Cotton prices took a ride on the bullet train this week as new crop futures made life of contract highs in all active months. Granted, most are focused on the 2018 crop as would be expected. However, the 2019 December contract traded above 77 cents. Don’t you want just a 5% or 10% slice of that pie? Think about it and then do it.
The 2018 crop price ride is not done yet, but this may be time for a slight pause. Supply fundamentals are now bullish so the price equation includes both supply and demand factors working to drive prices higher. Don’t forget, however, that weather scares typically kill the crop a couple of times during the planting season. Yet, irrational exuberance has not yet come into play.
Excellent weather could still somewhat offset the current production difficulties facing both the U.S. Southwest crop and the Chinese crop. Even higher price highs should be made, so do not get bitten by the greed bug. Feed a bull market. It needs some hedging to remain active. December will battle to scale 83 cents, but when successful will find a path to 85 cents. The old crop July came within 50 points of its contract high and will make another run to crack the 88 cent barrier as it tries for 90 cents.
This week’s bullish support and its long established base of bullish on-call sales, increasing demand, mills requiring immediate delivery, and the extreme drought across one of the three world’s major production centers, West Texas and the entire Southwest. The bullishness provided by these factors had sent the December 2018 contract above 82 cents. Now comes word of significant storms and rain events in the Xinjiang region of China, another of the world’s three most important productions regions. Thus, the unexpected tightness of world cotton stocks comes to the forefront and cotton futures are staring 90 cents in the face. So much for the world glut.
While USDA has not bought into this limited carryover scenario, the price discovery mechanism, the cotton futures market, certainly has. Recall we have been sounding the alarm since December by suggesting that world stocks be viewed as less China and less India. The reasoning — Chinese stocks are not available to the free market and Indian stocks are significantly inflated in USDA statistics according cotton analysts, the Indian Cotton Association and the Indian government.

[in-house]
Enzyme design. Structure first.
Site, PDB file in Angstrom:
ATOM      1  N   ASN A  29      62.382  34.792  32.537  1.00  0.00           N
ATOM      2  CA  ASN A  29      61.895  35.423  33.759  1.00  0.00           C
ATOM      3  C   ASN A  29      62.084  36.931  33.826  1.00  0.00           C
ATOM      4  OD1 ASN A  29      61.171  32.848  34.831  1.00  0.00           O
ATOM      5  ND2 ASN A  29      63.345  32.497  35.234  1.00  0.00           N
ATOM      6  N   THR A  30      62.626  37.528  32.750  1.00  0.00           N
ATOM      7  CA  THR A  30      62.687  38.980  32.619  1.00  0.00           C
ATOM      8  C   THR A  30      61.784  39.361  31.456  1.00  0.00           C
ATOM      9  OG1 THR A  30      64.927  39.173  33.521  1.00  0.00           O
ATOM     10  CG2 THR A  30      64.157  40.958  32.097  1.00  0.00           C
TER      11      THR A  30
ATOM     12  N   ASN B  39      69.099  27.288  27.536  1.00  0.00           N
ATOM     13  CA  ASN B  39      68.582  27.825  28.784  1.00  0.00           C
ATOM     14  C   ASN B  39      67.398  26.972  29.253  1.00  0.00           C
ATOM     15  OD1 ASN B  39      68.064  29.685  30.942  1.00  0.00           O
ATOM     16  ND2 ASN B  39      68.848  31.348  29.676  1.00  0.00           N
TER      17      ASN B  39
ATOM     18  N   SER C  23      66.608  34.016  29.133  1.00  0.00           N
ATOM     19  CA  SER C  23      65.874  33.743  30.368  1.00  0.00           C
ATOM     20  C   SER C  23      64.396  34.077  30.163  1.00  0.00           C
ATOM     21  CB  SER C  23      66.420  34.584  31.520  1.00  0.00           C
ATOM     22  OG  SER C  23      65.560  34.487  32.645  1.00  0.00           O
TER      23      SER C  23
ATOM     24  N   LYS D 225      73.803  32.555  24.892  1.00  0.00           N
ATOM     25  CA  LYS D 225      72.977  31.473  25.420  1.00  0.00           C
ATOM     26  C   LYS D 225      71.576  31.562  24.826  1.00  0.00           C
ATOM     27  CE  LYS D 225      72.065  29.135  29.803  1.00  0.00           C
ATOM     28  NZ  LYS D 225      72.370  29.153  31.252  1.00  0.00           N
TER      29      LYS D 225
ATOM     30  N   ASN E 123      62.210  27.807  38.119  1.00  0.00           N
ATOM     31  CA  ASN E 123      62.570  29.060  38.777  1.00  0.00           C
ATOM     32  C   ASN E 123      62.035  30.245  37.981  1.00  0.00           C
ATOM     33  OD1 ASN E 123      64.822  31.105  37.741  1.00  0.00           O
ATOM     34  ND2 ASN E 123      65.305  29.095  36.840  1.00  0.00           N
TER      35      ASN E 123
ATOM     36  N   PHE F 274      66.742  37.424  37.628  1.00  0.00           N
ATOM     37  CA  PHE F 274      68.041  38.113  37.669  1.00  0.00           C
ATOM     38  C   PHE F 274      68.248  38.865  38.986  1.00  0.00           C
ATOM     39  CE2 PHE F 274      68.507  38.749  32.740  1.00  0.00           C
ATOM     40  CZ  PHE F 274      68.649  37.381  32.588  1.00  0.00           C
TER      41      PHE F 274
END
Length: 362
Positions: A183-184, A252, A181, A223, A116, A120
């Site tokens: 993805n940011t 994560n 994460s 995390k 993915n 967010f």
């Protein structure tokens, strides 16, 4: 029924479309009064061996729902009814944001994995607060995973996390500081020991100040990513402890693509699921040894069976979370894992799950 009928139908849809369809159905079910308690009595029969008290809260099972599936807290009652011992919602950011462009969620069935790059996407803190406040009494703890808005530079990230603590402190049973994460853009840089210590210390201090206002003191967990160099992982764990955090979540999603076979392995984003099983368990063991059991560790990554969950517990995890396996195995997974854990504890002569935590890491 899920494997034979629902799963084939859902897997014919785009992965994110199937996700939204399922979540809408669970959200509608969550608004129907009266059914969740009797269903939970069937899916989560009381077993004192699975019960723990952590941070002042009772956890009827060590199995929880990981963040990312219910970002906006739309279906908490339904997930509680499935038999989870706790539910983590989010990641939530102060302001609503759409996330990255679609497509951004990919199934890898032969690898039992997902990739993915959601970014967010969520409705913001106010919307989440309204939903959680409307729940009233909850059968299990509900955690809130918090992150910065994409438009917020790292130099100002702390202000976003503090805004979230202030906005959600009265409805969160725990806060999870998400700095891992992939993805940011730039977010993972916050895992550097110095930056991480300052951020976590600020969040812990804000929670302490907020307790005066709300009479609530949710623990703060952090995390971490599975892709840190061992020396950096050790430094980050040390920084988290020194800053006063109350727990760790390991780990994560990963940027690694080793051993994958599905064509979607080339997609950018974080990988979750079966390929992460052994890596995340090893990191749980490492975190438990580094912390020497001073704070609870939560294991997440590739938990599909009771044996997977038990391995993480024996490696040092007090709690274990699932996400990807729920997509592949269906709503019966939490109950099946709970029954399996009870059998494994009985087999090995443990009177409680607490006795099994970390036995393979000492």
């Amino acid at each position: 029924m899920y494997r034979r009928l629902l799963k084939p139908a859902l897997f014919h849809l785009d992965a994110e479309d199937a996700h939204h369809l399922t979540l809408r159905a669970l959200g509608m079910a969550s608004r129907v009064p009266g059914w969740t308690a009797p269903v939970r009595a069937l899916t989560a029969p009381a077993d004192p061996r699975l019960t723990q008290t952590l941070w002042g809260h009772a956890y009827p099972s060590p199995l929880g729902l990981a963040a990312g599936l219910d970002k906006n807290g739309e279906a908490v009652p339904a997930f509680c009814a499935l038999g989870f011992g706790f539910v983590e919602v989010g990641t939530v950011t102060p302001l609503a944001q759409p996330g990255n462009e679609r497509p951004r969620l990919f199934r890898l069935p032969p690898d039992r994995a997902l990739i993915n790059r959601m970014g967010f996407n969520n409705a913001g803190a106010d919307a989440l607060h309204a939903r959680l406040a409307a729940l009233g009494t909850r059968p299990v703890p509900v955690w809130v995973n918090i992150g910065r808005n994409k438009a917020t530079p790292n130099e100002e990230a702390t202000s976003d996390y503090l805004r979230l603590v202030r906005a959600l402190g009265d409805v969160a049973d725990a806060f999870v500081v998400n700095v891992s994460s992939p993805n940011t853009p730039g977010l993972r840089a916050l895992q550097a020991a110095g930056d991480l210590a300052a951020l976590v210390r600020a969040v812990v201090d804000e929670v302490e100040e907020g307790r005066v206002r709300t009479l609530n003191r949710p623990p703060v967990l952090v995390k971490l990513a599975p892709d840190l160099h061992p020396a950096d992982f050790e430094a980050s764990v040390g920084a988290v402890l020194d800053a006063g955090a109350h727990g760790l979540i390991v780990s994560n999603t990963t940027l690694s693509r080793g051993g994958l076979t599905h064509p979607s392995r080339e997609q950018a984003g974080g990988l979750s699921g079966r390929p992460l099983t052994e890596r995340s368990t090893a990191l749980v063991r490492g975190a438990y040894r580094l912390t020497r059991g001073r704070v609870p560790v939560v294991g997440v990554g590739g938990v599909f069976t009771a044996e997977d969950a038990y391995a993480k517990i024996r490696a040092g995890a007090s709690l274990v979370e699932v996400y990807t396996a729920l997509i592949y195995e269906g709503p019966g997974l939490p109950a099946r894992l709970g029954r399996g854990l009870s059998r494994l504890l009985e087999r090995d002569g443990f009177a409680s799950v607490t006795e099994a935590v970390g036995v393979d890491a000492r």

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The weather difficulties in China occurred so late in the Chinese production season that replanting is not viable. Consequently, the Chinese futures market shot significantly higher reflecting the concern over supply. That resulted in the Chinese reserve sale jumping from daily sales of only 50-60% of the offerings to the current pace of 80-95% of the daily offerings. U.S. merchants have also indicated more inquiries for U.S. export sales.
U.S. shipments have surpassed those as of the same date as last season. However, the USDA export estimate is only 15.5 million bales, just 500,000 more than the prior season. With some 2.0 million bales of U.S. cotton backlogged, but cleared for export, it is easy to suggest that exports will climb to 16 million bales even if the expected shipment rate turns sour. However, our estimate stands firm at 16.6 million bales, or 1.1 million more than the current USDA forecast.
Weekly cotton sales totaled a net of 384,700 RB with 153,300 RB of old crop Upland sales. China and India were noted as buyers. Shipments were 434,400 RB, above the level needed to reach our estimate of 16.6 million bales.
The old crop July contract has just 24 more trading days before first notice day. Thus, mills have just 4 weeks to dig out from their on-call sales trap. They did somewhat reduce their dilemma this week as on-call sales on the July contract fell some 5,400 contracts. Nevertheless, they must fix the price of some 5 million bales in the next 24 days. Certainly some of this will be offset in the options market, but conventional wisdom suggests on-call sales continue as a major bullish factor in the market.
Feed a bullish market, sell into it!!
Cotton—The Fiber of Choice